African countries urged to build resilient fodder systems

Workers load bales of hay into a lorry soon after they are harvested at a farm in Lamuria in Laikipia Central Sub-County. [Standard, File]

The African Union-Inter African Bureau for Animal Resources (AU-IBAR) has called on countries to build resilient feed and fodder systems to avert the loss of livestock.

AU-BAR Feed and Fodder Business Development Expert David Maina said an estimated 8.9 million livestock worth $2 billion (Sh306 billion) were lost in the greater Horn of Africa alone during the recent drought.

Speaking during the Expert Writeshops for Resilient African Feed and Fodder Systems (RAFFS) project in Naivasha, Mr Maina called for a regulatory framework of the livestock and feed sector to guide response to emergencies like drought and floods that affect feed and fodder production.

He noted that supply chain formalisation would ensure farmers engage in the commercial production of feed and fodder to bridge the deficit.

“It is important to position the sector to enable financiers and risk managers to see it as a business, financial or insurance product,” he said.

Mr Maina urged governments to link development objectives, national planning and budget to the feed and fodder sector to increase production and ensure proper response to disasters like floods and drought.

RAFFS Project Coordinator Sarah Ashanut Ossiya regretted that the sector is unstructured with no understanding of feed resources and remedial action for disasters.

“There is a high correlation between what happens to our children and what happens in the feed and fodder sector,” she said.

Dr Ossiya called for emergency action that is specific to the feed and fodder sector like vaccination during climate disasters and proper storage of feed.

Kenya was identified as one of the six core countries alongside Cameroon, Nigeria, Somalia, Uganda and Zimbabwe for the RAFFS project.

AU-IBAR Director Huyam Salih said the RAFFS workshop is expected to strengthen coordination and revisit narrative and key messages critical to directing and procuring better results for the feed and fodder sector.

Commercial feed

“Africa has made strides in addressing the commercial feed and fodder sector which is the fastest-growing value chain,” said Dr Salih.

She regretted that the feed and fodder sector was not adequately addressed in the El Nino mitigation strategies.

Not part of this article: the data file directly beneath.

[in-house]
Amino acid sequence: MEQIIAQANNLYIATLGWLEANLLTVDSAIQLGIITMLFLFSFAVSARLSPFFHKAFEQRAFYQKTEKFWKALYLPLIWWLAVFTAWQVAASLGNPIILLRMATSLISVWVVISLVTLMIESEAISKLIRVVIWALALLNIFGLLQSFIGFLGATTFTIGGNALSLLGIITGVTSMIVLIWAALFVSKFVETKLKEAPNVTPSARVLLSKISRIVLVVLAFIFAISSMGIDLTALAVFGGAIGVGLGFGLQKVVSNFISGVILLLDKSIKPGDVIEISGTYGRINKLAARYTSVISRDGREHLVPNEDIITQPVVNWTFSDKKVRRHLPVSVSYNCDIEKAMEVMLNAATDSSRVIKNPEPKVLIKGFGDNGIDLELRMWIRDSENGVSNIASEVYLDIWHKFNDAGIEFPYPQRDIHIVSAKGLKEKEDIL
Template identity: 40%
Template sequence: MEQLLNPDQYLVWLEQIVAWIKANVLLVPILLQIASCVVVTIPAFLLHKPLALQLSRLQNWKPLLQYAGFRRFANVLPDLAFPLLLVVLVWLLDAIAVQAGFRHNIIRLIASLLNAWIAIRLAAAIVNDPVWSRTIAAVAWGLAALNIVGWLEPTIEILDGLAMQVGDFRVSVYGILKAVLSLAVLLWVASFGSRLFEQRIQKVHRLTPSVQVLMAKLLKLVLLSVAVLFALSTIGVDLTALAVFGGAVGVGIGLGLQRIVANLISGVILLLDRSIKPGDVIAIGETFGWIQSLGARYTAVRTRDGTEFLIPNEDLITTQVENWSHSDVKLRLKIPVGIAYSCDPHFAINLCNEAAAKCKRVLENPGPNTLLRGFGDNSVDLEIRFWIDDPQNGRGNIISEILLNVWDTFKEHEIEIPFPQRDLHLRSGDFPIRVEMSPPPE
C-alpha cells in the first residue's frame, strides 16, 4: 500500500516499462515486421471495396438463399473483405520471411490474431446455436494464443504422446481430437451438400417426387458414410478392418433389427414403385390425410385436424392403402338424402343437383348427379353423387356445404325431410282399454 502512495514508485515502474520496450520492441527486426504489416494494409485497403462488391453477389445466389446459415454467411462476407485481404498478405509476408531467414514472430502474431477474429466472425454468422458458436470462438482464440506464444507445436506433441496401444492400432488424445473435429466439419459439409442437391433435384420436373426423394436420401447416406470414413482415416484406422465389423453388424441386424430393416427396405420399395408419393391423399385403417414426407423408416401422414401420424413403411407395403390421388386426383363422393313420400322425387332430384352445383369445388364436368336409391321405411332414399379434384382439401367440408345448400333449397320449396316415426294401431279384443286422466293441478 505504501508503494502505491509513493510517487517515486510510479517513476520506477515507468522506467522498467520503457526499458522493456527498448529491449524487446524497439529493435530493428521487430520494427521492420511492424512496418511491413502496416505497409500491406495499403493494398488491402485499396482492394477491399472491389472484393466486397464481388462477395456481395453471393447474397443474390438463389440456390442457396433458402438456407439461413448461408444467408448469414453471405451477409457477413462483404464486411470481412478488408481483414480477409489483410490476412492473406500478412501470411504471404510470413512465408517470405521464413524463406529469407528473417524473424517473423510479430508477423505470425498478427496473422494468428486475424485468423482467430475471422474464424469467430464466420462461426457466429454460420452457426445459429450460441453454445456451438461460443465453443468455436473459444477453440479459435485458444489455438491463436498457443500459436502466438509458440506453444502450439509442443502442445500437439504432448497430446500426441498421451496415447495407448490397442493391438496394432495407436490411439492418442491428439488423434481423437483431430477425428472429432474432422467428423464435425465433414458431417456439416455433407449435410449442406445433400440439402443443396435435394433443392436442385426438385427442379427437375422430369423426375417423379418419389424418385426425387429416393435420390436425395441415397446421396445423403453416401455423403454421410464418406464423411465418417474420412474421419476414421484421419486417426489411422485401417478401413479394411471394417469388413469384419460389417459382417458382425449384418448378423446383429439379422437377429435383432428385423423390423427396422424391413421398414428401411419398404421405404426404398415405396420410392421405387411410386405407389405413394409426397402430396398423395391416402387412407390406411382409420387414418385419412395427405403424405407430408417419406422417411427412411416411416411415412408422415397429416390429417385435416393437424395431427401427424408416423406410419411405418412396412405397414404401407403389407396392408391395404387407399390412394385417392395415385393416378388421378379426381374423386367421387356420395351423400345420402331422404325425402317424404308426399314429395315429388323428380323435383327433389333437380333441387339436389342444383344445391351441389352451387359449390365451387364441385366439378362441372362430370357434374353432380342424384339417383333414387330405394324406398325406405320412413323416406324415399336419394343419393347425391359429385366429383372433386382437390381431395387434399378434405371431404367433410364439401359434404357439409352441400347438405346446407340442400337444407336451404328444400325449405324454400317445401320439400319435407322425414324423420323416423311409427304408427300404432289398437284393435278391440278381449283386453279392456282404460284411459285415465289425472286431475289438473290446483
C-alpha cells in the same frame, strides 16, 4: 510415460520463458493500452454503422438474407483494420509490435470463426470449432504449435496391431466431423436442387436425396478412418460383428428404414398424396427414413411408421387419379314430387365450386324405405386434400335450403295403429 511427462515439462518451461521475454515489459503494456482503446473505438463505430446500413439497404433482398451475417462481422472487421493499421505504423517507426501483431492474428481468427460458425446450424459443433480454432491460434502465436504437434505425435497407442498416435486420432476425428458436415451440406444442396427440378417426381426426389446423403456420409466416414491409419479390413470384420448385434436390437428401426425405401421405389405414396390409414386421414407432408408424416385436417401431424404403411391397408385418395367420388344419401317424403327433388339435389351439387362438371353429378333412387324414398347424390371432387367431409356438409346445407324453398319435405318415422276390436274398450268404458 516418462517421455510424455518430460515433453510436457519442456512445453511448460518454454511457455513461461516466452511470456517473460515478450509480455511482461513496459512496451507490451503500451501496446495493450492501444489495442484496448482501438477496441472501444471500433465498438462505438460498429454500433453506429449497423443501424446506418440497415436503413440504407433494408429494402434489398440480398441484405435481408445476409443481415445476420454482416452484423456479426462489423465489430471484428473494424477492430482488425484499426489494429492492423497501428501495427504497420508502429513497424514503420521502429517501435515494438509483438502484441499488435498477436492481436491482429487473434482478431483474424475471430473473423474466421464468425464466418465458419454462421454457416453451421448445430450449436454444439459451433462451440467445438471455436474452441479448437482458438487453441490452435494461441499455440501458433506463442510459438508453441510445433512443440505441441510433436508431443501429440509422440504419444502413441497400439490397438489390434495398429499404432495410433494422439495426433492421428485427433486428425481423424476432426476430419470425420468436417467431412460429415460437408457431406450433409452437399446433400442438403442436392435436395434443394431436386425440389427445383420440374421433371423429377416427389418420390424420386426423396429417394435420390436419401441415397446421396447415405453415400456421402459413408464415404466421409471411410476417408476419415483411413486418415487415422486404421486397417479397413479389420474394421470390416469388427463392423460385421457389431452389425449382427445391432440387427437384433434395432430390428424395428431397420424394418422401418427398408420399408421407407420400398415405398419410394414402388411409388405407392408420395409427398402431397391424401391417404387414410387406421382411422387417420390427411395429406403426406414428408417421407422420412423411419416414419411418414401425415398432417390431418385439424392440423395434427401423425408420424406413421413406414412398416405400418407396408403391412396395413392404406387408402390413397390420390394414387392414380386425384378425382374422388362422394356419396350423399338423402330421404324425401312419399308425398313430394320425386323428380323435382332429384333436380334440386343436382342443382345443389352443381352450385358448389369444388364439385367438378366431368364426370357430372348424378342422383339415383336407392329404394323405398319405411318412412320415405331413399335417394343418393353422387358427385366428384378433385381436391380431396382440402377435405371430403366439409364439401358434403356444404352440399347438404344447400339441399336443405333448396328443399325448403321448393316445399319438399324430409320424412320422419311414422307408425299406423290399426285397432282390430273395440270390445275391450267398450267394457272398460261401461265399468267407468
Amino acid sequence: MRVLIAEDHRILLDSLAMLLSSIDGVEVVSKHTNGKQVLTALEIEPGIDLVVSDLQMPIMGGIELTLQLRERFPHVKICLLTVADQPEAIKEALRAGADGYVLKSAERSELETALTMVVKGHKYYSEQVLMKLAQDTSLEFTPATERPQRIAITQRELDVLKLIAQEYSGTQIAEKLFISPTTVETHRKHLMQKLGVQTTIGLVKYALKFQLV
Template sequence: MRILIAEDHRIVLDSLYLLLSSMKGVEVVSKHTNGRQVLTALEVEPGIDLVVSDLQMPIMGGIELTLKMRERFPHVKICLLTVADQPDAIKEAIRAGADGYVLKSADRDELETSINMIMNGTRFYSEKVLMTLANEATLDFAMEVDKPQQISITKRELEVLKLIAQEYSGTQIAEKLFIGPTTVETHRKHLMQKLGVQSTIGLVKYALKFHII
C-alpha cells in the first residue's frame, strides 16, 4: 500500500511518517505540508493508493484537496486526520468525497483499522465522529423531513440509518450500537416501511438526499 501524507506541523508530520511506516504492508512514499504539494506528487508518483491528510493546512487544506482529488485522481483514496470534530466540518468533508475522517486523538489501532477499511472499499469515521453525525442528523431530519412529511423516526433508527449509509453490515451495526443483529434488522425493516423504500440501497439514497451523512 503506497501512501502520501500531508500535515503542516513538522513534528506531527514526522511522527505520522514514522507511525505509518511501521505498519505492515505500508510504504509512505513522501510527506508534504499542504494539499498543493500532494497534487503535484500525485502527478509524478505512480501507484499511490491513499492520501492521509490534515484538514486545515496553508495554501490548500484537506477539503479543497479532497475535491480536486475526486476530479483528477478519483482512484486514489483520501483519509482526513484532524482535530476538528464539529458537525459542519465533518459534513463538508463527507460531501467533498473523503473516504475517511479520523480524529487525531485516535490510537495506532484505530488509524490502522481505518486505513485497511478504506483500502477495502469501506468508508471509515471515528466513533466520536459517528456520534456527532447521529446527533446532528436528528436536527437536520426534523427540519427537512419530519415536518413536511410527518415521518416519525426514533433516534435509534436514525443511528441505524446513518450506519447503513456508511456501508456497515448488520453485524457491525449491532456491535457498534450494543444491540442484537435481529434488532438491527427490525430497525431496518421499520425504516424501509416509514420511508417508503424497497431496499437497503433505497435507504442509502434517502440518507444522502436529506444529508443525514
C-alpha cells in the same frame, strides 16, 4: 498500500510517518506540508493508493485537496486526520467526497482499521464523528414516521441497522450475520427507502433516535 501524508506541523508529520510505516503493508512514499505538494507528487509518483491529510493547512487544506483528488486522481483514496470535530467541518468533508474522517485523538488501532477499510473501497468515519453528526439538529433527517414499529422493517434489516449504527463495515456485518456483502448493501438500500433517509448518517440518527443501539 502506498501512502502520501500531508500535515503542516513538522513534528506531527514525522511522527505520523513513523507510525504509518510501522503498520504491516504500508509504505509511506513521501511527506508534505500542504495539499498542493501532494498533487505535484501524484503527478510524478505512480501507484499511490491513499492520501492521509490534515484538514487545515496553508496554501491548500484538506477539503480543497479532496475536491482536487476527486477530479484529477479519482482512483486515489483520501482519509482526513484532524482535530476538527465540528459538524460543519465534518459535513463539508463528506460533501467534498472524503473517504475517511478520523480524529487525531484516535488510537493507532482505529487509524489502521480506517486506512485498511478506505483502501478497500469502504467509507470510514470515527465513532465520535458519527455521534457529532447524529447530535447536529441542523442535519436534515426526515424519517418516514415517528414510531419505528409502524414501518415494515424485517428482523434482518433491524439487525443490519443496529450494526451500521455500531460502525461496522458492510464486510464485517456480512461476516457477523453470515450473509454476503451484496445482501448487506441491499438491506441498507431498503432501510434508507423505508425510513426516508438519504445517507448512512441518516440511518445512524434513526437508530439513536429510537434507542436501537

“Africa has made strides in addressing the commercial feed and fodder sector which is the fastest-growing value chain,” said Dr Salih.

She called for the urgent mobilisation of resources to support the sector on the continent and increase private and public sector initiatives to increase production. 

Somalia Head of Section Feed and Fodder Production Mowlid Abdullahi Dahir said the government has developed the National Livestock Strategy and National Fodder Production Strategy to ensure proper management of the sector and boost production.

Dr Dahir noted that the Ministry of Livestock Forestry and Range of Somalia, Somalia National University, Bosaso University and Hargesia University collected data on feed and fodder with technical support of IGAD-ICPALD and FAO through focus groups, informative interviews with feed producers, livestock herders and feed traders.

However, he regretted that data collection is affected by insecurity in Somalia. 

“Lack of guidelines on data collection, lack of technology and infrastructure affects efforts to improve data management,” he said.

Nutrition system

Dr Stanley Mutua, the head of animal feeds and nutrition at the State Department for Livestock Development, said the government has established a sustainable feed and nutrition system that is data-driven to boost production.

Mr. Mutua emphasised the need for data to feed livestock and produce animal source feeds.

He said the Kenya Management Information System (KIAMIS) is a national central agriculture and farmers’ database that captures potential/actual feed resource availability data and animal feed requirements data.

Mr Mutua noted that the current feed balance report is based on ruminant animals leaving out non-ruminants like poultry and rabbits which are widely reared by farmers.

Dr Jacob Gusha said the Zimbabwe government has rolled out the presidential silage and forage production scheme for smallholder farmers, liberalised farming input importation and developed a clear livestock growth plan to boost the sector.

However, Gusha who is a senior lecturer at the Animal Production, Nutrition and Grassland Science University of Zimbabwe, regretted that the Department of Livestock in Zimbabwe has no proper feed and fodder data management and the ministry mainly focuses on training on pastures, bailing and fodder management. 

Data Management Expert Johnson Opigo said according to the Permanent Secretary of the Federal Ministry of Agriculture and Food Security in Nigeria, the annual production of feed averages only 5.5 million metric tonnes far lower than the estimated demand of 50 million metric tonnes.

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